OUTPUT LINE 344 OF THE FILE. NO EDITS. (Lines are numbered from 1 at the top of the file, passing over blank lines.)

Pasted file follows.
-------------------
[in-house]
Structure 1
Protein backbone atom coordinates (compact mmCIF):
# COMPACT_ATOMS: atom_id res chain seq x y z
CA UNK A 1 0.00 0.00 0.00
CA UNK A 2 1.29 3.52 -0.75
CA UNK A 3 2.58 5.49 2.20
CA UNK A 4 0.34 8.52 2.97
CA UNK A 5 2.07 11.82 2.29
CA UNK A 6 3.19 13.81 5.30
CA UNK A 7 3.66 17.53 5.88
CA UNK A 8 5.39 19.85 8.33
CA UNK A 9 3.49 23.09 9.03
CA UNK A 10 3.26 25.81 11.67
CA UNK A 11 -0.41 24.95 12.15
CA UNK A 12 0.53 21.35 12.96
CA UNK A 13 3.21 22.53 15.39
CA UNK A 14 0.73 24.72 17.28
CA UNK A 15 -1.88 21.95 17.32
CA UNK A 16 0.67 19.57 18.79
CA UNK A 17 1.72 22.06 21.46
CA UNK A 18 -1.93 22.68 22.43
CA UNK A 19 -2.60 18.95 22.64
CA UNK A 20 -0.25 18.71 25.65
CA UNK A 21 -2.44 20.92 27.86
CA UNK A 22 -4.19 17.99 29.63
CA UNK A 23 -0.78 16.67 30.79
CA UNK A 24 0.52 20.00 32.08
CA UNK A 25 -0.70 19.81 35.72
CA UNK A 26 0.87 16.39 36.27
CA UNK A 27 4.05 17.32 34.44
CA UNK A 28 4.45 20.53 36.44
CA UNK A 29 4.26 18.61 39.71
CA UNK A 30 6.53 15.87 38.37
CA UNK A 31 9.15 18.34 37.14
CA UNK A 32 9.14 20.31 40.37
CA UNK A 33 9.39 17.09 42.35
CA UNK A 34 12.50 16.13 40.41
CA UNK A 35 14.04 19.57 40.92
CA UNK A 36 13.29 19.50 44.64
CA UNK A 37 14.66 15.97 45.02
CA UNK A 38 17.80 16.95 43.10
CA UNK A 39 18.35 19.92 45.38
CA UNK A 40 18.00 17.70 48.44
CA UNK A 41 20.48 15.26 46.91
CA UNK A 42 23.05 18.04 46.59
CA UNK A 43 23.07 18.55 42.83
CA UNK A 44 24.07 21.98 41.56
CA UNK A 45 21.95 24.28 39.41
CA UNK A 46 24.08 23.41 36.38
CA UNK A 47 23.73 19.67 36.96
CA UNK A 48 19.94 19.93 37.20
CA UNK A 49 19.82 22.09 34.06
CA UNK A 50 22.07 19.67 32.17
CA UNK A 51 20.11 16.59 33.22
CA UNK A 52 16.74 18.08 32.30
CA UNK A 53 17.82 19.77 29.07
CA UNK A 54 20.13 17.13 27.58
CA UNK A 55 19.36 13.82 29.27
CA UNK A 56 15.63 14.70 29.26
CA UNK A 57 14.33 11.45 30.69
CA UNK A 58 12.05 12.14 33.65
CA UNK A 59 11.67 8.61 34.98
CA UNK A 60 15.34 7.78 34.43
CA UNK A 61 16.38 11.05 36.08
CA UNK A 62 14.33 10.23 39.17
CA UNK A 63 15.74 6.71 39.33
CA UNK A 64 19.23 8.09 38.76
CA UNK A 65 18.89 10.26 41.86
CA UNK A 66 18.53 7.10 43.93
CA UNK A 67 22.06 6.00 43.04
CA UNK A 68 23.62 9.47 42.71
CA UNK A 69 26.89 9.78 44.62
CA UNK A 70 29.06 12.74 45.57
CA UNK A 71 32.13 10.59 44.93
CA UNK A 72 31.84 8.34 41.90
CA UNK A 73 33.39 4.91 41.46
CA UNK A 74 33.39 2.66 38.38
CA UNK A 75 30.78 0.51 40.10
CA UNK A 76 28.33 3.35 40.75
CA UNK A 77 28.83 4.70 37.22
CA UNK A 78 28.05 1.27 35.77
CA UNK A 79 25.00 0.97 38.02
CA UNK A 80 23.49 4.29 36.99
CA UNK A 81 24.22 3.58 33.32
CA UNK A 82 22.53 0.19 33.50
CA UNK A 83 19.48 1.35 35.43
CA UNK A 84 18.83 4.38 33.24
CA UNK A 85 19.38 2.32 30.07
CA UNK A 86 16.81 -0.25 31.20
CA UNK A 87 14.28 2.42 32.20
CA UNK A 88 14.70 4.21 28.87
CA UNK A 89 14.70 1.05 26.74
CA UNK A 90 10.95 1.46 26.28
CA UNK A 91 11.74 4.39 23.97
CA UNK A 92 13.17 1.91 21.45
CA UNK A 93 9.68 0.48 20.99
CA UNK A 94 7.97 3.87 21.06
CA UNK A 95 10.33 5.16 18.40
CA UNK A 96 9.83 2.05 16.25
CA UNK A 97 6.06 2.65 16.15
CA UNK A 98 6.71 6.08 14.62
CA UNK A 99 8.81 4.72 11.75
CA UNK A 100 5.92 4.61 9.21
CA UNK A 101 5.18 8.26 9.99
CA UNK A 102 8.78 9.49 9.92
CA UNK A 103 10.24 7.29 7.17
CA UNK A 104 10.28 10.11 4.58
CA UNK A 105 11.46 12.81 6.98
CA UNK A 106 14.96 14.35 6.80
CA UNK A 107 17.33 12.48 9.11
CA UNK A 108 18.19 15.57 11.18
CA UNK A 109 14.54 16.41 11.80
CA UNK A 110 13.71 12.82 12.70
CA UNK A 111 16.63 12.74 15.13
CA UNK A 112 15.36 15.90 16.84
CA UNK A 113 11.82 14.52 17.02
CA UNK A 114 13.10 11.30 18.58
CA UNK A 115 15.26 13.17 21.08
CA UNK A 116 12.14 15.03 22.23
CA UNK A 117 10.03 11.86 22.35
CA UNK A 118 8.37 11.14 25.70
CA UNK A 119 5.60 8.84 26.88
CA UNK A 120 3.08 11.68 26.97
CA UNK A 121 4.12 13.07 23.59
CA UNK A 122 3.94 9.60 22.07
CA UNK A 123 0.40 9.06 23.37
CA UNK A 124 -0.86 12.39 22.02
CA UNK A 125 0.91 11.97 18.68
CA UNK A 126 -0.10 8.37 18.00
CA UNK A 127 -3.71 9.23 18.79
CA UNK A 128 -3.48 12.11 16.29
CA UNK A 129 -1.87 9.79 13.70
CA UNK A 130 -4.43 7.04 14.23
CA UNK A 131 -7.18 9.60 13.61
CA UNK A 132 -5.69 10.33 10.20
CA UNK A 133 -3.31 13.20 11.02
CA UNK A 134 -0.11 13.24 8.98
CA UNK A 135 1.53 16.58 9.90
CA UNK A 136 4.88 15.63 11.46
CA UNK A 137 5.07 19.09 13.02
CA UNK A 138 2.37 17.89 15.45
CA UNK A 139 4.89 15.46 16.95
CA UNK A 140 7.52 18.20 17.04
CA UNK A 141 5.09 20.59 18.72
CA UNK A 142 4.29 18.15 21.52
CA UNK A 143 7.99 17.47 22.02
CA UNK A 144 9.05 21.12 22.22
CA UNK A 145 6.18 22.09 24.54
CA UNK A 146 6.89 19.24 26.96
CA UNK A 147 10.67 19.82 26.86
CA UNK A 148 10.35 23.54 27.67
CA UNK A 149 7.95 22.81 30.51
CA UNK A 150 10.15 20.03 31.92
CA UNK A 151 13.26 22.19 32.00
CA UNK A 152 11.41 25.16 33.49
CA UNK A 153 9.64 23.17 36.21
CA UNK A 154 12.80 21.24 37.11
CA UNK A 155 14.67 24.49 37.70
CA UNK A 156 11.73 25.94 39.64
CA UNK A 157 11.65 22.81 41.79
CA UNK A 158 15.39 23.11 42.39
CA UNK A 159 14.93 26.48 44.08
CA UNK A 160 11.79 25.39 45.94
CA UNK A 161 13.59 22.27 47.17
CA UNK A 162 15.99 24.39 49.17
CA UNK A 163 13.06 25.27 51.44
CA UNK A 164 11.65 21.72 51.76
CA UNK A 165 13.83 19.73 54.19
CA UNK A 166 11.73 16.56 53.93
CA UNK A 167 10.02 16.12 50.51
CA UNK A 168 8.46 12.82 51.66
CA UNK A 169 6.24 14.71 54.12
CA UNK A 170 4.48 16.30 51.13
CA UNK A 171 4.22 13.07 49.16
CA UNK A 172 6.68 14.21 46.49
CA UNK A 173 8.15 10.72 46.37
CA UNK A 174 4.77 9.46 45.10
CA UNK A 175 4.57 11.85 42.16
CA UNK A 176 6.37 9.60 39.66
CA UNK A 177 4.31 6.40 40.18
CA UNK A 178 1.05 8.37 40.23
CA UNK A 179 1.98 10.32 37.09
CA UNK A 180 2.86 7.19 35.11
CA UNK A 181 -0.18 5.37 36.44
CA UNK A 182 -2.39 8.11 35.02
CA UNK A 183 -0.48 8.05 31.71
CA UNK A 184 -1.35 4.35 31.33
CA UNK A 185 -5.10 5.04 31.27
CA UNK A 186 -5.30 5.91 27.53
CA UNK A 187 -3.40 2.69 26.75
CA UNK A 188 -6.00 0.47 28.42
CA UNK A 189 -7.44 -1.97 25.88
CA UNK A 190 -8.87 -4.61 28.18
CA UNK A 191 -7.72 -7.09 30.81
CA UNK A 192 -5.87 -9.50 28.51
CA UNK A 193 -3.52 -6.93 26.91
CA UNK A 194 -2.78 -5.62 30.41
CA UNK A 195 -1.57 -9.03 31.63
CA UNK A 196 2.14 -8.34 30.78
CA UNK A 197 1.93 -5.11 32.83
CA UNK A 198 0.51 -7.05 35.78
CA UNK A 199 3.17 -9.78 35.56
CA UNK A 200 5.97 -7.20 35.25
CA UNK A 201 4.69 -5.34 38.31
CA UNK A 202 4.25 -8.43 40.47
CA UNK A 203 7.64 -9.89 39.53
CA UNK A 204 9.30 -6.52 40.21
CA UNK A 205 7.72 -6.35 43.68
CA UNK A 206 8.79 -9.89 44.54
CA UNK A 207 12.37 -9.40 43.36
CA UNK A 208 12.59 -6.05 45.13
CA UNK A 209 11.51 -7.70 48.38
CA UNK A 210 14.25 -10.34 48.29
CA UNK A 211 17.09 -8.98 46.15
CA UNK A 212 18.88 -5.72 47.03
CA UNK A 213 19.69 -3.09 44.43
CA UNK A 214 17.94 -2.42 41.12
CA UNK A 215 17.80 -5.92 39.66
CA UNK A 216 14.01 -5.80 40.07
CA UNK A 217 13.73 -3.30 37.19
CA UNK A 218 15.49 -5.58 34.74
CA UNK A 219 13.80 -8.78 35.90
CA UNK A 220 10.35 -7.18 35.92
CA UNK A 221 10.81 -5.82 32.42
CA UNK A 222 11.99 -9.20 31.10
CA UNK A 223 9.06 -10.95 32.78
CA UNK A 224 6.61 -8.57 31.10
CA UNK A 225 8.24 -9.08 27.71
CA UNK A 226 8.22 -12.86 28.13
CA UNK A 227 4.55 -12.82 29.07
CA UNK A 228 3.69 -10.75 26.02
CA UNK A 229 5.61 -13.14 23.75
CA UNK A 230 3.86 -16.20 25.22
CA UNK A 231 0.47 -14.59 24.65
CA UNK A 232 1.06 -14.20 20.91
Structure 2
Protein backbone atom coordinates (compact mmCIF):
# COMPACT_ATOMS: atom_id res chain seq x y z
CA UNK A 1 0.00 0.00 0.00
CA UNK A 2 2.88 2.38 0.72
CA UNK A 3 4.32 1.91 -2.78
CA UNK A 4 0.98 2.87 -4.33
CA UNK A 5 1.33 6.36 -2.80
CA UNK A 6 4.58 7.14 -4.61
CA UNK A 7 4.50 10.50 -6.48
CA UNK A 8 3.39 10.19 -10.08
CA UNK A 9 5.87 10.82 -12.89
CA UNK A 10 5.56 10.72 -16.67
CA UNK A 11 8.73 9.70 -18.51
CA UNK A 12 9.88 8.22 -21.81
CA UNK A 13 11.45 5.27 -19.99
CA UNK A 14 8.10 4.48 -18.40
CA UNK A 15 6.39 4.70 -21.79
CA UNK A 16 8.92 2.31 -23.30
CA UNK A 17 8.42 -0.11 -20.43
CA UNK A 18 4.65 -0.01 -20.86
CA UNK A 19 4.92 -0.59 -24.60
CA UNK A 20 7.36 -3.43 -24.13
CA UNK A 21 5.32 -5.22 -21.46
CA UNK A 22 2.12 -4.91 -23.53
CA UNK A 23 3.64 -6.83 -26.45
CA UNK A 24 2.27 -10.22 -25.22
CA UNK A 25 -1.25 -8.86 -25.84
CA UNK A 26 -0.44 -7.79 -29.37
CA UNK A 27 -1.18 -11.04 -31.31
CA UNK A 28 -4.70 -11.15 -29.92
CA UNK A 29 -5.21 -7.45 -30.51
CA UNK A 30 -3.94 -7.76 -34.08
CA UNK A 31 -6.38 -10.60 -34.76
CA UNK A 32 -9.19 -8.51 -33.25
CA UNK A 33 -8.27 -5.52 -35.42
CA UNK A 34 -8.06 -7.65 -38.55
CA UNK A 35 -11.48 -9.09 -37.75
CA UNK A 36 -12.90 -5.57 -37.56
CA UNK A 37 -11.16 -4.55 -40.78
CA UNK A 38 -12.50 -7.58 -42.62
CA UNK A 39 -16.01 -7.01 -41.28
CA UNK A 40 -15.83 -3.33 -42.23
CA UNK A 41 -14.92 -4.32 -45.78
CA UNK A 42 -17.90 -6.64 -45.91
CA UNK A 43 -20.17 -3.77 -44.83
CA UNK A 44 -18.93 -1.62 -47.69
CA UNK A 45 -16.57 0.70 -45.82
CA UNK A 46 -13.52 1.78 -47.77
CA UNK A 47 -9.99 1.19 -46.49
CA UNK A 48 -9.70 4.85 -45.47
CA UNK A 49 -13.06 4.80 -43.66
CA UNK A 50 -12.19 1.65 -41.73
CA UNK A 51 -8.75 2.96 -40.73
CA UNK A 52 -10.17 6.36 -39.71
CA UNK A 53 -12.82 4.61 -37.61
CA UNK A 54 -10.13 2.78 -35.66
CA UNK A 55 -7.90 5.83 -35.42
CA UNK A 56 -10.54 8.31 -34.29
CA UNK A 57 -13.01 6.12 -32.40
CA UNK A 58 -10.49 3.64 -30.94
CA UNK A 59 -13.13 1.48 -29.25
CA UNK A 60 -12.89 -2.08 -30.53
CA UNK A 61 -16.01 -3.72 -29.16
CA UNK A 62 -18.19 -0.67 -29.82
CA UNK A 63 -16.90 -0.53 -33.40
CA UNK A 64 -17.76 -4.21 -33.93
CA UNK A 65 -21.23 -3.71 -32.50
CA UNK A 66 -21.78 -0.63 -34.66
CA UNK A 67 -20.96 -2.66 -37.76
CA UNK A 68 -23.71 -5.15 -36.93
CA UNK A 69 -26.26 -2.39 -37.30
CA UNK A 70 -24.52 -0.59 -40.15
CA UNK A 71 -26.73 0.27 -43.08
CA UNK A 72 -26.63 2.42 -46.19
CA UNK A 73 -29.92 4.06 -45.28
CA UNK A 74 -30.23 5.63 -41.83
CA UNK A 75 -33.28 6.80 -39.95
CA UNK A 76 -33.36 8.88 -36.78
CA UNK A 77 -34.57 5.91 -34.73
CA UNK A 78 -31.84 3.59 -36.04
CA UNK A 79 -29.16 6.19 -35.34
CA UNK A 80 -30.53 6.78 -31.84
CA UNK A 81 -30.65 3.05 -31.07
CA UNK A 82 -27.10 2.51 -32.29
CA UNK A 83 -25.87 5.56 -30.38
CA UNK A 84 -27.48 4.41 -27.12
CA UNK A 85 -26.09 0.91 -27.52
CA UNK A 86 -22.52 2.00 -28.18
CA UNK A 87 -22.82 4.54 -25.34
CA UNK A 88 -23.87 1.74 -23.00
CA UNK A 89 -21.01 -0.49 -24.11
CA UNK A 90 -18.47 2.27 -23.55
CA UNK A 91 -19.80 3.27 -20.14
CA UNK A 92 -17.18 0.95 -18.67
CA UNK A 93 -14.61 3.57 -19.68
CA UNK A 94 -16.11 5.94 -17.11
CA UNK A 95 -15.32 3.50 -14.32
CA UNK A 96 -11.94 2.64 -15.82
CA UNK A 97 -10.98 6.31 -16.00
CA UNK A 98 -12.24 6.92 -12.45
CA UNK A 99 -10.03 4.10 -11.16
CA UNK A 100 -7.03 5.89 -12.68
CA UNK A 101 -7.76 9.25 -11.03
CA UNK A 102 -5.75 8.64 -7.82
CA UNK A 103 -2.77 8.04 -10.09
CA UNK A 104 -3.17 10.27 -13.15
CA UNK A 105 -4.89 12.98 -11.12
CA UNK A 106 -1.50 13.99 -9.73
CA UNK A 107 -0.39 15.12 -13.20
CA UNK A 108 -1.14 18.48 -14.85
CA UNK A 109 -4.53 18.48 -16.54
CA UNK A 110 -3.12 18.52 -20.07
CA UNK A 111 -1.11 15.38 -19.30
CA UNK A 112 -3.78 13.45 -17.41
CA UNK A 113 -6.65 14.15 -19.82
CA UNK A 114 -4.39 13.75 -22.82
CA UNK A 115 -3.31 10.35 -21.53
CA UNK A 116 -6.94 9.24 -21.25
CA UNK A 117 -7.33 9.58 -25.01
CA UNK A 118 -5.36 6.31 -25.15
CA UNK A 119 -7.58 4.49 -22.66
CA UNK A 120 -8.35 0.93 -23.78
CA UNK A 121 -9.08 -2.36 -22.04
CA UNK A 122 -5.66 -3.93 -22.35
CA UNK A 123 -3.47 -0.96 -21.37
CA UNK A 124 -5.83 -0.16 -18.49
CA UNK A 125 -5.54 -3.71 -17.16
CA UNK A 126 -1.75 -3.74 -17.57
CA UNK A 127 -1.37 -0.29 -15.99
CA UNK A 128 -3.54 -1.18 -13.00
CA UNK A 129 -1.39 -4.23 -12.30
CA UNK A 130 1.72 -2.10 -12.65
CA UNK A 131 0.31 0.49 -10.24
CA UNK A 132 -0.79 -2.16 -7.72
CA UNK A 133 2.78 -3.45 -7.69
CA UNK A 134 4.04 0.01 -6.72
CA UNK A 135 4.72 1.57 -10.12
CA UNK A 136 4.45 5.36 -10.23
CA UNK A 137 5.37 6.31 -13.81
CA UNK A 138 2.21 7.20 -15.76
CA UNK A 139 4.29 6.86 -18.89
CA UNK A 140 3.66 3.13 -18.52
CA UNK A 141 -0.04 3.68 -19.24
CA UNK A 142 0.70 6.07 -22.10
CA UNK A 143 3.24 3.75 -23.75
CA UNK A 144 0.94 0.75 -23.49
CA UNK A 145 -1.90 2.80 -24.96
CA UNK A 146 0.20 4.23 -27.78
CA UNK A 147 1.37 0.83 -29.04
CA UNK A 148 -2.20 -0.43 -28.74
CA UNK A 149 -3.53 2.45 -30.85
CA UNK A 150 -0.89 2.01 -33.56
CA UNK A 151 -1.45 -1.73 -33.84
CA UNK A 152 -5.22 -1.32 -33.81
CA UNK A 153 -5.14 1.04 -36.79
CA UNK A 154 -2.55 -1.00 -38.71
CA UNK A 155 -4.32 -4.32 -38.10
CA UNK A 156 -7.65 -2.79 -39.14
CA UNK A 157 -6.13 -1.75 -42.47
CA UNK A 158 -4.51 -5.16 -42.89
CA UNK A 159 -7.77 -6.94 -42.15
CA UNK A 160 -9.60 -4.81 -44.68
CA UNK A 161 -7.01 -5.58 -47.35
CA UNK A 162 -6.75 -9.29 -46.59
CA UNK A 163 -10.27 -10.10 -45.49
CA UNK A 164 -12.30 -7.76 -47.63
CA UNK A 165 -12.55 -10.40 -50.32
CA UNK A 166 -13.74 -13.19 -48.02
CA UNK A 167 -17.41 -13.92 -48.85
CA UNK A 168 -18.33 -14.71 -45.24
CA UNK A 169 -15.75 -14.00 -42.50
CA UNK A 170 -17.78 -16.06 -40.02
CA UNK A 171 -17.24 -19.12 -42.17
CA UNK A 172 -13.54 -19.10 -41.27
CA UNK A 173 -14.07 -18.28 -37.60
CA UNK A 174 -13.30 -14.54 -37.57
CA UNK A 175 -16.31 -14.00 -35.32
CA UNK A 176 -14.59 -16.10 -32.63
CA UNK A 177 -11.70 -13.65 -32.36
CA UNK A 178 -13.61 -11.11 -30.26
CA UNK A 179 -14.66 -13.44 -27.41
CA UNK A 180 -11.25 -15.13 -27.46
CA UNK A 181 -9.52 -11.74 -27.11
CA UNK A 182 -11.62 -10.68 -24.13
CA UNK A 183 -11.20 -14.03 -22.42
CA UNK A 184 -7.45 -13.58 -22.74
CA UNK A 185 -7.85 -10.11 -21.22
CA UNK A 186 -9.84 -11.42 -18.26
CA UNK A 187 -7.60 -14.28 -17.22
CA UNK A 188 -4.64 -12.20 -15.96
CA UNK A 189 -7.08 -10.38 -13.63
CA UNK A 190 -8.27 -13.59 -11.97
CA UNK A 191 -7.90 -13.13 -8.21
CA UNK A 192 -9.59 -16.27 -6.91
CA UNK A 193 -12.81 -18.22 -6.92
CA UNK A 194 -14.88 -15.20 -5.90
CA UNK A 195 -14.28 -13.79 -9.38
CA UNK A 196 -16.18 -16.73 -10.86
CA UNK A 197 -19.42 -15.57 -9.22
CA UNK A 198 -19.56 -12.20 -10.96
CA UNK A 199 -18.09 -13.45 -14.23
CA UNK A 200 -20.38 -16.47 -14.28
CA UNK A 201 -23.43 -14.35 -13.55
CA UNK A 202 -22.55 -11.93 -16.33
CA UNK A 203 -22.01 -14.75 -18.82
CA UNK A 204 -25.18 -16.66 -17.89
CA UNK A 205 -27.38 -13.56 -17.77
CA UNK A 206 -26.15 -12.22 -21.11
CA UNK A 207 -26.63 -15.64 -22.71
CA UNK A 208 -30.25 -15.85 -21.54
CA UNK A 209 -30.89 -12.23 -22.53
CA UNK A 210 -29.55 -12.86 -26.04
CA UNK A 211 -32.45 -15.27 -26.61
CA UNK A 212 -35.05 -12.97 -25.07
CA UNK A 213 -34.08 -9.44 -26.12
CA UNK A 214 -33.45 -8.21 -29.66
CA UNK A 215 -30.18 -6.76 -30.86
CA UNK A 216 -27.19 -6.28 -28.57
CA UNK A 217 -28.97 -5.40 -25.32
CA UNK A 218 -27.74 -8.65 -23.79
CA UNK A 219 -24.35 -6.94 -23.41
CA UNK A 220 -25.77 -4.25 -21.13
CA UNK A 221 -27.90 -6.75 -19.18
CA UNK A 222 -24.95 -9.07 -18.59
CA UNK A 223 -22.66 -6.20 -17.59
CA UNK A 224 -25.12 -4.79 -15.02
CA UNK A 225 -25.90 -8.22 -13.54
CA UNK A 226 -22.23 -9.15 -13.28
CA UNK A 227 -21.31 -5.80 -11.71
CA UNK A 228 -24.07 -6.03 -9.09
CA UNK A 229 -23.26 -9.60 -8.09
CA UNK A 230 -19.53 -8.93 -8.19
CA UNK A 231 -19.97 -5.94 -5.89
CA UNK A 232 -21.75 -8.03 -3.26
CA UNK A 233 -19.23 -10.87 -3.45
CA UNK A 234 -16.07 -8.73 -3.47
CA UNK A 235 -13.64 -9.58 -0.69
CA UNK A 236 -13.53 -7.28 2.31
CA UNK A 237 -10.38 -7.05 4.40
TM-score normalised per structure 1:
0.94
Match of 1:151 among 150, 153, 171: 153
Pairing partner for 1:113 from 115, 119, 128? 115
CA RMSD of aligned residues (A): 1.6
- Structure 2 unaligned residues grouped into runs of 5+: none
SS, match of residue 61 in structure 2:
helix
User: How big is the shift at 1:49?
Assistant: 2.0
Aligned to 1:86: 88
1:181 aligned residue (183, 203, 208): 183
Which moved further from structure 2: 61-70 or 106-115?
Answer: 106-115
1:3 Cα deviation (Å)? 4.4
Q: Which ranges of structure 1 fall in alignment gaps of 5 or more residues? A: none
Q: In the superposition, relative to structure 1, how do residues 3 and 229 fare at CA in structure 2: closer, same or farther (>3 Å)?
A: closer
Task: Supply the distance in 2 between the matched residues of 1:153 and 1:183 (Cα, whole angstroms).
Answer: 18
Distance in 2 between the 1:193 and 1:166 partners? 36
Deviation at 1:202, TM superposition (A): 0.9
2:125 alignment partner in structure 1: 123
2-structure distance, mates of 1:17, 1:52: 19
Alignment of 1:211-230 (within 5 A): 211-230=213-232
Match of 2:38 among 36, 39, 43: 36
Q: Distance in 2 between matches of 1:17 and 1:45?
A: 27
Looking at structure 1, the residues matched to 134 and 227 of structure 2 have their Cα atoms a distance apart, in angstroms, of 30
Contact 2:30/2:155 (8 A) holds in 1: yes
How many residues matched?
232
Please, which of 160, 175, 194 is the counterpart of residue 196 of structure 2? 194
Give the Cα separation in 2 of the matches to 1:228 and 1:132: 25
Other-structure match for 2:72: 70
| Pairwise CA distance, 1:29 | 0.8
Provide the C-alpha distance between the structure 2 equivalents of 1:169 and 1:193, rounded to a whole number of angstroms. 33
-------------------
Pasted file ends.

CA UNK A 105 -4.89 12.98 -11.12